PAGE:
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/ October 8, 2009
The First Rule of WSN? You Don’t Talk About WSN

1Official NYU journalism tiff instigator and (former) WSN Senior Staff Writer Sergio Hernandez was officially fired from the paper yesterday after his treasonous attempts at stimulating a discussion about the relationship between NYU Local and WSN Quiet city download. Though there is no gag rule explicitly outlined in the 1,000-page Official WSN Rule Book (with index and glossary), it’s a widely known fact that no staff members are allowed to publicly voice criticisms of the paper. As for our tired Fight Club reference? It was too applicable to ignore.

“You see, WSN staff members are forbidden from publicly criticizing the paper,” writes Hernandez. “As I’d said, this policy isn’t actually on the books anywhere, but it’s pretty commonly understood.” In a post explaining his talk with higher-ups at the school paper, Sergio writes:

New writers who are unaware of [the policy] often get away with just a slap on the wrist, but I was fully aware of this “rule” and, knowingly, ignored it… Anyway, yesterday I received an e-mail from WSN’s Editor-in-Chief, Rachel Smith, requesting a meeting with me to discuss the content of my posts. Today, she and I met to discuss my “motivation” for writing such a “negative” — but, more importantly, public — critique of WSN. And, because I was still considered an “active” staff member, violating WSN’s “don’t talk about WSN” rule meant I could no longer report or write on behalf of the newspaper.

Of course, WSN isn’t the only paper interested in monitoring the actions of its contributors for the sake of its reputation. But the irony of this incident is that it comes on the heels of a WSN editorial, published yesterday, defending the right for a free student press, and on a larger scale, the right to free speech. I guess WSN wants rights for the paper as a whole, but not for its individual staff members. A choice quote emphasizes the hypocrisy of the whole matter: “An attack on free speech anywhere is an attack on free speech everywhere,” they write.

I suppose we should consider Sergio’s firing an attack on free speech everywhere, then.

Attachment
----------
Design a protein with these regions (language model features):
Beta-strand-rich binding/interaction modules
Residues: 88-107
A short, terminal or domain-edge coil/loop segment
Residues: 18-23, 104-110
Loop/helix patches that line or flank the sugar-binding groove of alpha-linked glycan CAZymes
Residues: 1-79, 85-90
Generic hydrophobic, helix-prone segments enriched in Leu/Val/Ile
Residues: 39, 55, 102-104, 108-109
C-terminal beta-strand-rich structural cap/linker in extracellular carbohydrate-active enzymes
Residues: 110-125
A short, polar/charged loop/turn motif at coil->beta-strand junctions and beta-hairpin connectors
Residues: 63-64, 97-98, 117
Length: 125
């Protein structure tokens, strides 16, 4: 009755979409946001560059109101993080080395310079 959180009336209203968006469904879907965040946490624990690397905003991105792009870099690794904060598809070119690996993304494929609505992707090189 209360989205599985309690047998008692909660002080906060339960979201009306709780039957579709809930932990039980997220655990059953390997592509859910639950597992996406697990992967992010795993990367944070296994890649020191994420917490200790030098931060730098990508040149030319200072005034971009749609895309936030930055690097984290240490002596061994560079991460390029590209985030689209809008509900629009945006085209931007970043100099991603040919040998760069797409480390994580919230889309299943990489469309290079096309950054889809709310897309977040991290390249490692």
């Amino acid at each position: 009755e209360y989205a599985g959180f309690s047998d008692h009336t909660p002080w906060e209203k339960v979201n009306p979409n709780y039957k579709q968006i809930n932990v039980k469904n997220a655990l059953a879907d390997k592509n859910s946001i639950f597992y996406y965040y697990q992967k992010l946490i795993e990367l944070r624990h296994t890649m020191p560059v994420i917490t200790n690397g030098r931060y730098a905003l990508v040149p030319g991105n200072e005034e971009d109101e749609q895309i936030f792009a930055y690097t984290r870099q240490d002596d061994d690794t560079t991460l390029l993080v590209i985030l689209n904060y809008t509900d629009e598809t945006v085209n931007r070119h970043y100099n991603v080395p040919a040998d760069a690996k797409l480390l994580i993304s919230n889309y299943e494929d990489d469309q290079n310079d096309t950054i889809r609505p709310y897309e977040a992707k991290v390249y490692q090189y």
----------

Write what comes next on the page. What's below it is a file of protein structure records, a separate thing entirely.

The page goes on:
In order to grant agency to both sides in this debate, I wanted to hear Rachel Smith and MaryJane Weedman’s side of the story. I e-mailed them, asking if they could confirm the veracity of Hernandez’s post. Their statement reads:

WSN will no longer be accepting writing or reporting from Sergio Hernandez. This decision was not made because WSN has any established “gag rule” for staff, but because of the very negative, public nature of his criticism. We encourage criticism of the paper from our staff; every Sunday we have critique meetings where we rip the paper apart. We realize that we have lots of room for improvement — we’re a student newspaper, after all — and we welcome constructive criticism. But Sergio’s posts were not constructive, nor were they addressed with any member of staff before he posted them. Before Oct. 3, Sergio had not contacted either of us about any of the issues about which he wrote. His blog posts aimed to be damaging to the paper. And though Sergio believes he was not an active staff member when he wrote them, we absolutely disagree.

Any member of staff who took the same active actions against the paper by writing publicly and negatively about it would be fired as well. We stand by our decision.

— Rachel Holliday Smith, editor-in-chief, and MaryJane Weedman, managing editor, Washington Square News

Assuming non-WSN staff members aren’t allowed to attend Sunday meetings, it’s clear here that criticism is acceptable–just don’t be too loud about it. Sergio responded to the statement via e-mail: “On the one hand, she says WSN welcomes criticism and does not impose a ‘gag rule’ on its staff,” he wrote. “On the other, I was fired because my remarks were public and too critical.”

Rachel Holliday Smith and Sergio Hernandez are, for the record, no longer Facebook friends.

Photo by Dean Stattman